For Ezra had prepared his heart to seek the law of the LORD, and to do it, and to teach in Israel statutes and judgments.
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EXPOSITORY (ENGLISH BIBLE)or Ezra had prepared his heart.—It must be remembered that the providence of God over him immediately precedes—not as the reward of his preparing his heart, but as the reason of it. First, he gave himself to study the law, then to practise it himself, and lastly to teach its positive statutes or ordinances and its moral judgments or precepts—a perfect description of a teacher in the congregation. There is nothing discordant in Ezra saying of himself that he had thus “set his heart.”Ezra 7:10. For Ezra had prepared his heart, &c. — He had set his mind and affections upon it, and made it his chief business. To seek the law of the Lord — To search and find out the true sense and meaning of it, and thence to learn what sins or errors were to be reformed, and what duties were to be performed. And to do it, and to teach in Israel — The order of things in this verse is very observable: first, he endeavours to understand God’s law and word, and that not for curiosity or ostentation, but in order to practice; next, he conscientiously practises what he did understand, which made his doctrine much more effectual; and then he earnestly desires and labours to instruct others, that they also might know and do it.Ezra 8:22, Ezra 8:31. Ezra had prepared his heart, or, directed, &c., i.e. he had set his mind and affections upon it, and made it his chief design and business.
To seek the law, i.e. to search and find out the true sense and meaning of it, and thence to learn what sins or errors were to be reformed, and what duties were to be performed.
And to teach in Israel. The order of things in this verse is very observable; first he endeavours to understand God’s law and word, and that not for curiosity or ostentation, but in order to practice; next he conscientiously practiseth what he did understand, which made his doctrine much more effectual; and then he earnestly desires and labours to instruct and edify others, that they also might know and do it.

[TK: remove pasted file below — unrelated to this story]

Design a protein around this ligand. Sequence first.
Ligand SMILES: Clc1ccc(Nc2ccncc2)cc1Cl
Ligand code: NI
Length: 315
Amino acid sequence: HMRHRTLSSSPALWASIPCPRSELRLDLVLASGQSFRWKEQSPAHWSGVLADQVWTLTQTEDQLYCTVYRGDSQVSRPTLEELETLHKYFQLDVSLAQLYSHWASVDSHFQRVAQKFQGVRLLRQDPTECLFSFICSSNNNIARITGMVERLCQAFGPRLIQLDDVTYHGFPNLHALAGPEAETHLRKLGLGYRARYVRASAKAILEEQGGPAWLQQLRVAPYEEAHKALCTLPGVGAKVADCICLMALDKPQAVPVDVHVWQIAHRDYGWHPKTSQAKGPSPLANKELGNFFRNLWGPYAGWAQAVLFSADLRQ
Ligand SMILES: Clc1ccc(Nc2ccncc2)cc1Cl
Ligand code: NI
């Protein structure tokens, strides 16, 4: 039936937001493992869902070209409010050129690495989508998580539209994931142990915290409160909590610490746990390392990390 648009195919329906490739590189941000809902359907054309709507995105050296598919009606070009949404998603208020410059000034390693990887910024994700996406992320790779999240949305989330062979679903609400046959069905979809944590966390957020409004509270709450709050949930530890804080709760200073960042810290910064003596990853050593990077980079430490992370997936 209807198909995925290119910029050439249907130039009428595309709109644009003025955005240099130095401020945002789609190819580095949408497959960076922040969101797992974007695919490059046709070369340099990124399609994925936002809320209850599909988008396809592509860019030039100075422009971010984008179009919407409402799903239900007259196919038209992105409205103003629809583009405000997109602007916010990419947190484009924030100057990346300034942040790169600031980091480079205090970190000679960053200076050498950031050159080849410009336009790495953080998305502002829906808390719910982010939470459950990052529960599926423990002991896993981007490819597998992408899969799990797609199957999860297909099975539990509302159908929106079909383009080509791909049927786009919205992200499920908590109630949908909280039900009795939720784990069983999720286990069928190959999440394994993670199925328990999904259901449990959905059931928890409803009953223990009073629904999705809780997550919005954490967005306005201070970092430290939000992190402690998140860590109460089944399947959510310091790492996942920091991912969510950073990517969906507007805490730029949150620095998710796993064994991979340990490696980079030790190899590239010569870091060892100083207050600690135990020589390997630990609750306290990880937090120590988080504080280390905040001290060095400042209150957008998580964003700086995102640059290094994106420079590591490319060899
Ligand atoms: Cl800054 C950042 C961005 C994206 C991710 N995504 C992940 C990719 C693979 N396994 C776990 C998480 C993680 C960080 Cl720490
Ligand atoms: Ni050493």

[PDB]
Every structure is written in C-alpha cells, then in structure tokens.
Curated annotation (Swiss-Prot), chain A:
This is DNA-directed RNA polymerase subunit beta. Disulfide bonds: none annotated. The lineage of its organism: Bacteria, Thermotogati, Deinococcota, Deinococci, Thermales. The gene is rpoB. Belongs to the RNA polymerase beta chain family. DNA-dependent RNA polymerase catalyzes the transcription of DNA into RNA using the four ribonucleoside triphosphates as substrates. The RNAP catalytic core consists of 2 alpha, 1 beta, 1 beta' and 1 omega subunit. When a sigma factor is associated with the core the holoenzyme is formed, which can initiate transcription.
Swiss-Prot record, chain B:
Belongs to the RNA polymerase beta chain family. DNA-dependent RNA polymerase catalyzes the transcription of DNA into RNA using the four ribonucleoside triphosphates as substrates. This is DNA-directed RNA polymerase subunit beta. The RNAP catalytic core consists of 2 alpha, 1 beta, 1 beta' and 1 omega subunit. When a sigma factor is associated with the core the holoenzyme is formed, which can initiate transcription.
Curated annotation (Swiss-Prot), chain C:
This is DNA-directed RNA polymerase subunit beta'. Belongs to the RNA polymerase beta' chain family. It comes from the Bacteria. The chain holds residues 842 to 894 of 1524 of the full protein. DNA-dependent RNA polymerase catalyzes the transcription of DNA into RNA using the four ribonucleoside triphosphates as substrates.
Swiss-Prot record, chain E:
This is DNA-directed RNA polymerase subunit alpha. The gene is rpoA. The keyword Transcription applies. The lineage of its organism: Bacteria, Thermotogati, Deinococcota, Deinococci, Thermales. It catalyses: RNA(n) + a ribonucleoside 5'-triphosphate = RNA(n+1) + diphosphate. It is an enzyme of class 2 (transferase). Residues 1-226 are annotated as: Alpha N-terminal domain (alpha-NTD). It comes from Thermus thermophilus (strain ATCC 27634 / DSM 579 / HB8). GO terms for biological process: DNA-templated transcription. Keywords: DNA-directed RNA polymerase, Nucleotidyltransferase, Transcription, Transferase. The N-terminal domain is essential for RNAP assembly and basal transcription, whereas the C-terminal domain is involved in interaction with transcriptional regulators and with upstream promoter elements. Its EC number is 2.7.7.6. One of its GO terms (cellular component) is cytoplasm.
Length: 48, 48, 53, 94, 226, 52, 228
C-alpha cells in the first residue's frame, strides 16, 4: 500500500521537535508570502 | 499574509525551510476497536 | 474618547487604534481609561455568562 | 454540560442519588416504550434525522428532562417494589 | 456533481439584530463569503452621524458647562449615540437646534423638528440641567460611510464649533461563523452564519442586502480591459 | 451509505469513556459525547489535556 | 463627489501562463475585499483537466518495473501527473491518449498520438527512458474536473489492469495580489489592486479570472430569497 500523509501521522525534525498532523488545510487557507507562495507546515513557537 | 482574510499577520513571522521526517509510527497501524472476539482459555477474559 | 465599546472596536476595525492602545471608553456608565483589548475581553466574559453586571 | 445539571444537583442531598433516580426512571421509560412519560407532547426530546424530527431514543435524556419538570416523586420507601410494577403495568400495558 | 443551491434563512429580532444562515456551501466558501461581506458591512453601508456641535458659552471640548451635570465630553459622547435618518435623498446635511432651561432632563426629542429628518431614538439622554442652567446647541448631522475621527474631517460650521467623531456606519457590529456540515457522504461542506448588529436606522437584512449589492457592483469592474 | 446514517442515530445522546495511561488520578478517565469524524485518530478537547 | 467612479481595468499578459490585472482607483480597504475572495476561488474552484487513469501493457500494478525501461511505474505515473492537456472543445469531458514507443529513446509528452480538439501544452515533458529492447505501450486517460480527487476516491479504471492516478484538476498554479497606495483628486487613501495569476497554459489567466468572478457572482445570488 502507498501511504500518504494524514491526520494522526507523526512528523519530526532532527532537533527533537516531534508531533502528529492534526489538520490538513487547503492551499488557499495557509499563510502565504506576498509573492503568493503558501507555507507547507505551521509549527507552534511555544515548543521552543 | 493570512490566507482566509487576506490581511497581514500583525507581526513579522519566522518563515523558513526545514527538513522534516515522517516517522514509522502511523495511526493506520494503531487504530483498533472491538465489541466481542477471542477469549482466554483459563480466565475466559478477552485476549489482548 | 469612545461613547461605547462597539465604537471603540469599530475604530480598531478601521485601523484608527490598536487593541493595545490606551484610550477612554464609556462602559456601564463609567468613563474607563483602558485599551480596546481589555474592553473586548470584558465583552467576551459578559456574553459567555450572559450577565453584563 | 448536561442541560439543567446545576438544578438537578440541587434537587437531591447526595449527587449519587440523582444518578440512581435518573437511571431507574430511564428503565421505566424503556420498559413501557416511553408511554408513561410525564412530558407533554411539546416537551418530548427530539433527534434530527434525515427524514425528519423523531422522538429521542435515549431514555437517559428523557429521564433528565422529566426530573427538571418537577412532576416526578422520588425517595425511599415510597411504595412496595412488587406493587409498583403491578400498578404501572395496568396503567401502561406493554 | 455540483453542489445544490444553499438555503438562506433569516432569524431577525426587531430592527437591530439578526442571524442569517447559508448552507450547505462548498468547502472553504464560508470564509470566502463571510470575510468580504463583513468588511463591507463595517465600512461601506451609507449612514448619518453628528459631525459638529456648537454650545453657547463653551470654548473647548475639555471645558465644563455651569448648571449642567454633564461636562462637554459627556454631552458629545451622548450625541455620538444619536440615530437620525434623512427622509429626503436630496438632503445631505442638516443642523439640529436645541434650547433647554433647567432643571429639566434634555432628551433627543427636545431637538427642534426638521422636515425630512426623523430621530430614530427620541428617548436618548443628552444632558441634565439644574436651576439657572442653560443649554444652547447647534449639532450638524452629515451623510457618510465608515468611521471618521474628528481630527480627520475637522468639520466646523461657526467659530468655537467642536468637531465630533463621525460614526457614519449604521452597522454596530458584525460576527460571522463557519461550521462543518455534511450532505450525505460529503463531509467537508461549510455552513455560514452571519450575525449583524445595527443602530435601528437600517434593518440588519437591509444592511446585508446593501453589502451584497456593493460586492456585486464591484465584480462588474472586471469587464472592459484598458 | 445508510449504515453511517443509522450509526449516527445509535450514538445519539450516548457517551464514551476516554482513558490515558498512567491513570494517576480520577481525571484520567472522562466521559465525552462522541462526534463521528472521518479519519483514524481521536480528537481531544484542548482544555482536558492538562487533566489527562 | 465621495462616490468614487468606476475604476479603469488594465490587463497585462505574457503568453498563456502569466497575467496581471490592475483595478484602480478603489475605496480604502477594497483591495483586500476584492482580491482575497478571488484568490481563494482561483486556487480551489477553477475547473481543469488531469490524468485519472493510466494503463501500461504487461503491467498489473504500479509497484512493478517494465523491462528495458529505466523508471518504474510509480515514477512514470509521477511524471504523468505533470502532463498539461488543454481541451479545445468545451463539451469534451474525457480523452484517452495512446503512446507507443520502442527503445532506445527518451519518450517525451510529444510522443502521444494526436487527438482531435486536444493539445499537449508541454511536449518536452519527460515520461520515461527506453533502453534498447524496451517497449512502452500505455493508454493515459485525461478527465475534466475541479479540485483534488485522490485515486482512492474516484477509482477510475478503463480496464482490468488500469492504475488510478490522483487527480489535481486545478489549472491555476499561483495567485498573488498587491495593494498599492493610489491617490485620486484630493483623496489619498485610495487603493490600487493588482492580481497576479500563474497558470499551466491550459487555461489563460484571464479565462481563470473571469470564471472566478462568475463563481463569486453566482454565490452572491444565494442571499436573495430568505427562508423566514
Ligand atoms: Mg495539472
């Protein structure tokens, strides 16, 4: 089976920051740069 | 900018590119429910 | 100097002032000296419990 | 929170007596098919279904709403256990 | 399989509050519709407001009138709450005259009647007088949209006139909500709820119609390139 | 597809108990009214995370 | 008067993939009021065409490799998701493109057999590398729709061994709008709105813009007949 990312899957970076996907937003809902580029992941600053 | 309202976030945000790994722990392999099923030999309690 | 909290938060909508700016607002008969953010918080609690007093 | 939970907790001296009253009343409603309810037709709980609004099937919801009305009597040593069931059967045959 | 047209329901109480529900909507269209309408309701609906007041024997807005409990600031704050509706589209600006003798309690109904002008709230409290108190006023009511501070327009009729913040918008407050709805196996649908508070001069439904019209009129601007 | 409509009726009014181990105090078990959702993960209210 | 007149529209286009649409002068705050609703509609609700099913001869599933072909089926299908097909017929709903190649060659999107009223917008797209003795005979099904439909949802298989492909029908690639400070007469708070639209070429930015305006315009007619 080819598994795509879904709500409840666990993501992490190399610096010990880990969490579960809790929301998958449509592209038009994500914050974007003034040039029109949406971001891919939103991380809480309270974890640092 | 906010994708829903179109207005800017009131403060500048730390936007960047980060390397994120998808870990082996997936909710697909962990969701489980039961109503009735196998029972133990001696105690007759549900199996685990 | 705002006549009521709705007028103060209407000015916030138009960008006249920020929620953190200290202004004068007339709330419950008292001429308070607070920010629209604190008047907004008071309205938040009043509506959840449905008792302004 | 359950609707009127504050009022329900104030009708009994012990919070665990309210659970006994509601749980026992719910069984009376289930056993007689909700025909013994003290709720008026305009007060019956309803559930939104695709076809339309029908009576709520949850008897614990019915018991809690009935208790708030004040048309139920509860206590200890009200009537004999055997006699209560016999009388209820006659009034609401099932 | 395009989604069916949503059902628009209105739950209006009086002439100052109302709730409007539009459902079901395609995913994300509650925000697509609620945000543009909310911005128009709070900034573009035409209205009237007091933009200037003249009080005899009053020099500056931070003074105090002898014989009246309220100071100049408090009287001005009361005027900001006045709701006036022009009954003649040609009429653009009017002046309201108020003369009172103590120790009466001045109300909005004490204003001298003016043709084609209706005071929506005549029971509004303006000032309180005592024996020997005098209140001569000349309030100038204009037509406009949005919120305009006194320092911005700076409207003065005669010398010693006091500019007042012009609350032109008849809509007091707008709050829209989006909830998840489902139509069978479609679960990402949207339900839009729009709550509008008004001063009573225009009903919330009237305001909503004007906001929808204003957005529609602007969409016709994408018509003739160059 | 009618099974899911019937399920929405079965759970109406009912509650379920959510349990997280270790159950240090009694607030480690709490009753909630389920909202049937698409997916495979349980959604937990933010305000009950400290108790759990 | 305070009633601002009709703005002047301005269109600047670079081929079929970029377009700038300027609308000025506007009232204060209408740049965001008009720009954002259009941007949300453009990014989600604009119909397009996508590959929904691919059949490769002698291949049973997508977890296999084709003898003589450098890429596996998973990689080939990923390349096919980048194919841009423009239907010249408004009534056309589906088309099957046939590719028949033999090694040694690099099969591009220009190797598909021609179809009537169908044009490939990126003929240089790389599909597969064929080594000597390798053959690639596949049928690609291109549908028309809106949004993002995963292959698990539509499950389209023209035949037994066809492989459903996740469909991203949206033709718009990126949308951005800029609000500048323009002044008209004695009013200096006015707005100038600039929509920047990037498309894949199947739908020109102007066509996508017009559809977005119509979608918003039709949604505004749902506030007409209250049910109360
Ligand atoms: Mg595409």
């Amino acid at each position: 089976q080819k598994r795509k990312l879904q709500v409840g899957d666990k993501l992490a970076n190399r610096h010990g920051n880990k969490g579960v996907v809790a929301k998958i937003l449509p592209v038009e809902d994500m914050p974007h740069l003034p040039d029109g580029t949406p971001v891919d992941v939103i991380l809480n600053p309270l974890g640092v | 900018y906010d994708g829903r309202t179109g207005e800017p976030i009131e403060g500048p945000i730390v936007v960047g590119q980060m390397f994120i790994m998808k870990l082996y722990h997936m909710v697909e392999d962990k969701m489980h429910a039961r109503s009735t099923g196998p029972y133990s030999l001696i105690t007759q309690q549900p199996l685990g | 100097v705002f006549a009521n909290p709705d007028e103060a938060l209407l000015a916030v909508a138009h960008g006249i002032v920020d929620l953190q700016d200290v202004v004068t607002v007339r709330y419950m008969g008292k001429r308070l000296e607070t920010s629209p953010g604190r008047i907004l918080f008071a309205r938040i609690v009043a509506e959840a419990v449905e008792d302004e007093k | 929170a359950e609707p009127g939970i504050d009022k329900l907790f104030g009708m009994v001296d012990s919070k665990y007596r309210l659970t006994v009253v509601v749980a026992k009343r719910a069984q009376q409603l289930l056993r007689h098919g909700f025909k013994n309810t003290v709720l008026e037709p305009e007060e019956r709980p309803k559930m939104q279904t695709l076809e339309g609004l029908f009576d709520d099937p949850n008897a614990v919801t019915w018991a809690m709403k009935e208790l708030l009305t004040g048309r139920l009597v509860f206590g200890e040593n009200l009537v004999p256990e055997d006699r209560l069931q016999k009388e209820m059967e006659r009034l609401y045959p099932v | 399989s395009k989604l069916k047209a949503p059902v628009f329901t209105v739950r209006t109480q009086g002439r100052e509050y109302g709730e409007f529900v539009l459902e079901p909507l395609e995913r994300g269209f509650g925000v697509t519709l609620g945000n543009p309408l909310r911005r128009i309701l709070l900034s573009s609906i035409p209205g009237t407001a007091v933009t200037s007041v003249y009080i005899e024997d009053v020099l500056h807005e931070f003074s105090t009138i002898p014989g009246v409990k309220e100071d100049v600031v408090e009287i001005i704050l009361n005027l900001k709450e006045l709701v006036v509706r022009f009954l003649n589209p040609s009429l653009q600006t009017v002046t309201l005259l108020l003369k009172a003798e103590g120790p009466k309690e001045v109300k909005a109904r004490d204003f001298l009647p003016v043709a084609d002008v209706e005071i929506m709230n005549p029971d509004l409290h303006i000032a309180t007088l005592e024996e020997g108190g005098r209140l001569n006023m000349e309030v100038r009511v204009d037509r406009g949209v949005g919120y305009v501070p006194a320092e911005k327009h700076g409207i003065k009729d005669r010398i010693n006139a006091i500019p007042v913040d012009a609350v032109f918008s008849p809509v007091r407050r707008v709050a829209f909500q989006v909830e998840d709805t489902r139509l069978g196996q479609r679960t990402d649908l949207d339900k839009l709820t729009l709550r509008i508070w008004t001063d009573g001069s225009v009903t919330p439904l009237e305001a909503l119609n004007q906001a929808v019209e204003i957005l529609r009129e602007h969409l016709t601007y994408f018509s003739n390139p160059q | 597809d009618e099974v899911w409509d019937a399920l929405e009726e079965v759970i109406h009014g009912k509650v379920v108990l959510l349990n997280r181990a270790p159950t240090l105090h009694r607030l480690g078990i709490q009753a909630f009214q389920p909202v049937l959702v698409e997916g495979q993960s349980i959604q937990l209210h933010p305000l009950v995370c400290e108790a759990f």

and to do it; he was not only concerned to get the theory of it, but to put it in practice, to exercise himself in it, that it might be habitual to him; and the rather, as his view and intentions were not merely for the sake of himself, but
to teach in Israel statutes and judgments: and therefore it was not only necessary that he should have a large and competent knowledge of the laws, moral, ceremonial, and civil, but that he should act according to them himself, that so by his example, as well as by his instructions, he might teach the people.For Ezra had prepared his heart to seek the law of the LORD, and to do it, and to teach in Israel statutes and judgments.
EXEGETICAL (ORIGINAL LANGUAGES)10. For Ezra had prepared (R.V. set) his heart &c.] The precise meaning of the ‘for’ which determines the connexion of the verse, is not very evident. The verse either explains the preceding clause and attributes God’s favour towards Ezra during the journey to the latter’s devotion to the Divine Law, or is added as a general comment on the whole preceding section, explanatory of Ezra’s resolve and expedition. Those who take the former view illustrate it by ch. Ezra 8:31-32. But the latter interpretation of the verse is to be preferred. It corresponds better with the somewhat abrupt mention of Ezra’s rule of life. It harmonizes with the description of Ezra’s character. ‘Ezra had set his heart &c.’ That fact lay at the bottom of the religious movement which he set on foot. It explained something very much more than the mere fortunate issue of the journey.
‘Had set his heart’. A not uncommon phrase, cf. 2 Chronicles 12:14; 2 Chronicles 19:3; 2 Chronicles 30:19. In every instance the R.V. has rightly changed ‘prepare his heart’ to ‘set his heart’. The idea of the original is not ‘preparedness for the unforeseen’, but ‘fixity and stability of purpose’. Compare the expression ‘my heart is fixed’ (Psalm 57:7; Psalm 108:1; Psalm 112:7) where the same verb occurs.